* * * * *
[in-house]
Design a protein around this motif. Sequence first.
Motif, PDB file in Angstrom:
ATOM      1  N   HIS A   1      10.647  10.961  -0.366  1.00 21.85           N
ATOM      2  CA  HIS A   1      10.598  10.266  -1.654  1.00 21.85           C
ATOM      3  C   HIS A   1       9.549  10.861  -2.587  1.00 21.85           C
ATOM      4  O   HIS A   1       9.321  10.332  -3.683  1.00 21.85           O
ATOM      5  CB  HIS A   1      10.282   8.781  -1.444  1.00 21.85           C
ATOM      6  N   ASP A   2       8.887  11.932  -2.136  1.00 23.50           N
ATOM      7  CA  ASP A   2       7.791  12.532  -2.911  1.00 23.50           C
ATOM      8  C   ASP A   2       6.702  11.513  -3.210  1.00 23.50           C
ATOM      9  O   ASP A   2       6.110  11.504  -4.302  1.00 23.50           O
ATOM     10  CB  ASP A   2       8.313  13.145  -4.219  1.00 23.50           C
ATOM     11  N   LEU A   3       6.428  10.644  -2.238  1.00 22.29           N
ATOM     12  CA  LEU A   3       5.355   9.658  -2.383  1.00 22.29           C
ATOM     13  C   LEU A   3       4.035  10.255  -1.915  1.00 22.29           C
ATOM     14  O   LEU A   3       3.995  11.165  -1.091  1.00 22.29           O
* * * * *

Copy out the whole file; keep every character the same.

[in-house]
Design a protein around this motif. Sequence first.
Motif, PDB file in Angstrom:
ATOM      1  N   HIS A   1      10.647  10.961  -0.366  1.00 21.85           N
ATOM      2  CA  HIS A   1      10.598  10.266  -1.654  1.00 21.85           C
ATOM      3  C   HIS A   1       9.549  10.861  -2.587  1.00 21.85           C
ATOM      4  O   HIS A   1       9.321  10.332  -3.683  1.00 21.85           O
ATOM      5  CB  HIS A   1      10.282   8.781  -1.444  1.00 21.85           C
ATOM      6  N   ASP A   2       8.887  11.932  -2.136  1.00 23.50           N
ATOM      7  CA  ASP A   2       7.791  12.532  -2.911  1.00 23.50           C
ATOM      8  C   ASP A   2       6.702  11.513  -3.210  1.00 23.50           C
ATOM      9  O   ASP A   2       6.110  11.504  -4.302  1.00 23.50           O
ATOM     10  CB  ASP A   2       8.313  13.145  -4.219  1.00 23.50           C
ATOM     11  N   LEU A   3       6.428  10.644  -2.238  1.00 22.29           N
ATOM     12  CA  LEU A   3       5.355   9.658  -2.383  1.00 22.29           C
ATOM     13  C   LEU A   3       4.035  10.255  -1.915  1.00 22.29           C
ATOM     14  O   LEU A   3       3.995  11.165  -1.091  1.00 22.29           O